How to stay cool (and safe) in your car during the heat wave

A woman sitting on a steering wheel wiping her forehead in the heat

That moment when all you want is a cool pool but you have to drive to work/visit family/pick up a package that didn’t get delivered (Image: Getty

Getting into a hot car in a heat wave is not one of life’s most pleasant sensations: it’s a lot like walking into a sauna with all your clothes on.

Most of us immediately open all the doors and try to get some air circulating, but when the outside air is 35°C, or even hotter, that is ultimately not going to make your car a relaxing oasis.

Even after you start driving, that doesn’t stop your problems as the car can overheat or have trouble on the road due to temperature.

The breakdown company, AA, has provided some tips to make driving safer and more comfortable in the heat, and high on the list includes keeping enough water in the car, which can ensure you don’t get dehydrated if you gets stuck in traffic. or break

Mark Born of the AA Driving School Instructor Training Academy said hot weather makes cars more prone to overheating, so people need to know the basics of how to deal with this situation.

Counterintuitively, people should turn down the air conditioning and turn up the heat if the engine appears to be overheating.

The weather forecast for today was sultry (Image: Met Office)

This is because the air conditioner uses the car’s energy and the heater draws hot air from the engine area, helping to cool it down.

You may see a warning light or the temperature gauge may be high to alert you that the engine is too hot.

People are also advised not to raise the hood immediately, as the hot air and steam underneath can be dangerous. Instead, wait at least 15 minutes before trying to add coolant, if you have it.

Mr Born added more ways to prepare for driving in the heat: ‘Make sure you have enough fuel for the journey.

“Electric vehicle drivers need to make sure they have enough charge to handle unexpected queues with the air conditioning on full blast.

“If you’re planning a route with charging or rest stops, be sure to check for traffic incidents before you leave to avoid delays.”

Something that many of us have asked ourselves is if it is better to cool off with the windows open or using the air conditioning.

And apparently, when it comes to fuel or power consumption, it’s actually better to use air conditioning to cool down the car if you’re driving fast.

This is because the wind resistance created by open windows will use more gas than the air conditioner.

However, if you’re just driving around town, having the windows open should use less fuel.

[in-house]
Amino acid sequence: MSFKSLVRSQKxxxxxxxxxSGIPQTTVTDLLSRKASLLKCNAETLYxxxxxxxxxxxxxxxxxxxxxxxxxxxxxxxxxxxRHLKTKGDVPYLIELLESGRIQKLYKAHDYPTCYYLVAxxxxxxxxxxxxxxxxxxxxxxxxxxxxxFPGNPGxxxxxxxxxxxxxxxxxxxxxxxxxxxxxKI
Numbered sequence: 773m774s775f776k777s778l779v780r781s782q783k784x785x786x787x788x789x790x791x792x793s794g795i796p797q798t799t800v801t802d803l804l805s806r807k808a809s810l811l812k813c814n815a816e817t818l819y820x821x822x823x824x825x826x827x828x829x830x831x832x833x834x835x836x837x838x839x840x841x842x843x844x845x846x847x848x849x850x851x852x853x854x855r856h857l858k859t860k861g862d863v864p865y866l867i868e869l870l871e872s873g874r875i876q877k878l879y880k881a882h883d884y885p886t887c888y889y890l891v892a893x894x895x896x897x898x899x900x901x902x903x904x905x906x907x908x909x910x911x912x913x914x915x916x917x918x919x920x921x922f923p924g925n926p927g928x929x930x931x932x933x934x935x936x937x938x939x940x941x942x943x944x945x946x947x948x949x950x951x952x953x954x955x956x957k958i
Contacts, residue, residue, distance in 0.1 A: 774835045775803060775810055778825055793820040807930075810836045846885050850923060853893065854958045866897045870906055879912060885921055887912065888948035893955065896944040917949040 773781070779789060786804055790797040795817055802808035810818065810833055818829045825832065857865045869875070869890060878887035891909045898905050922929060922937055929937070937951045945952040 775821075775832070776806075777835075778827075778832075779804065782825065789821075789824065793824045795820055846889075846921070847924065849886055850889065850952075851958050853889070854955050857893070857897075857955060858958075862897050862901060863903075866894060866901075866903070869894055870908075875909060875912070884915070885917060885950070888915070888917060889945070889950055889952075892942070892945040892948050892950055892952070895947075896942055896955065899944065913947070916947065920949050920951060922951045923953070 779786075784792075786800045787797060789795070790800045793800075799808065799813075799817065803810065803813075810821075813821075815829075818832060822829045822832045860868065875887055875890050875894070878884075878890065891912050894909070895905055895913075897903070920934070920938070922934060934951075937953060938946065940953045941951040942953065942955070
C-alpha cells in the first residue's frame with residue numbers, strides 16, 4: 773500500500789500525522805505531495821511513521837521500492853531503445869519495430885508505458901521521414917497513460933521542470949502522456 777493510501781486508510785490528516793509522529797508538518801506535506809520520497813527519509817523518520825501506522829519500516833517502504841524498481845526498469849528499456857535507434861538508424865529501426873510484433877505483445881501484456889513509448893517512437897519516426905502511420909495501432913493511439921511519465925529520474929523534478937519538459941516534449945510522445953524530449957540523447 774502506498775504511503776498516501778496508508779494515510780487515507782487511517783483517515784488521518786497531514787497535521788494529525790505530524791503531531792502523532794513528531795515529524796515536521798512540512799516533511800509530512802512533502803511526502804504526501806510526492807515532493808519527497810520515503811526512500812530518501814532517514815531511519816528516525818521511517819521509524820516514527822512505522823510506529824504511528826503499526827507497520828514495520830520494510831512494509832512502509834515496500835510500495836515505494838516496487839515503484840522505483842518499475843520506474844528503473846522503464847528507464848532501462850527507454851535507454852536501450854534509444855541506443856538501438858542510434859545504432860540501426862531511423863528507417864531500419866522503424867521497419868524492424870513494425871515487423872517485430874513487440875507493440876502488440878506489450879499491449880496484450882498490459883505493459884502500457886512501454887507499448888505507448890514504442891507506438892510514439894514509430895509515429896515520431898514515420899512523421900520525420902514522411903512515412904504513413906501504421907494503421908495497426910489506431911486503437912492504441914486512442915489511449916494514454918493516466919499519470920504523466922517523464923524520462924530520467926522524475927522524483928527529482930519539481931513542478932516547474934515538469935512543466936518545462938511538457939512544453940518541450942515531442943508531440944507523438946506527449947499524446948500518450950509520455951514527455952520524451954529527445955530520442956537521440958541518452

It’s just not the weather to drive…unless you have a convertible. Photo shows Weymouth beach yesterday when temperatures in England hit 30C (Image: Getty)

The AA also said people should dress appropriately when driving to avoid getting too hot.

Although it is legal to drive barefoot, it is not recommended as you must be able to operate the pedals safely.

Sweaty feet can slip on them and not grip them properly or push them down with the right amount of pressure.

Light colored clothing that is not too thick may be more comfortable in the heat.

People can also consider freezing bottles of water to take with them, which will stay colder longer, even when melted.

“Passengers can press the bottle against their wrists or forehead,” the AA said.

They also recommended keeping sealed ice packs or damp cloths in the car to keep them a few inches from the air vents, making air conditioning instant.

Paper fans can be stored in the glove box for when needed, while you can spray water on the steering wheel and let it evaporate to help cool it down before you go.

“If you must park in the sun, place a windshield sunshade on your dash to reflect the sun’s heat and lower the window shades,” the AA added.

They said you can also cover the steering wheel with a dish towel or spare cloth to keep it from getting even hotter, while exposed metal on seats that get really hot, like seat belt buckles and car accessories. child car seat harness, can also be covered. .

Of course, you should never leave children or pets alone in a hot car.

Every year there are stories of dogs dying while being left in vehicles, which can act like greenhouses and get dangerously hot in no time, even if it’s not too hot outside.

After half an hour at 21°C, the temperature inside a car can reach over 40°C.

If you see a child or dog in distress in a hot car, the official advice is to call 999 immediately and ask for the police who can give you further advice.

Also remember that car windows don’t block UV rays, so you may want to pack sunscreen as well.

This week’s weather will be so hot that sand spreaders are ready to spread a light layer of sand on roads, which can get so hot the asphalt melts.

The areas most likely to be affected are those with older road surfaces, in rural areas, and facing south.

The sand is said to absorb excess bitumen making the surface easier to drive on.

Any motorist who finds tar stuck to their tires is advised to wash it off with warm, soapy water.

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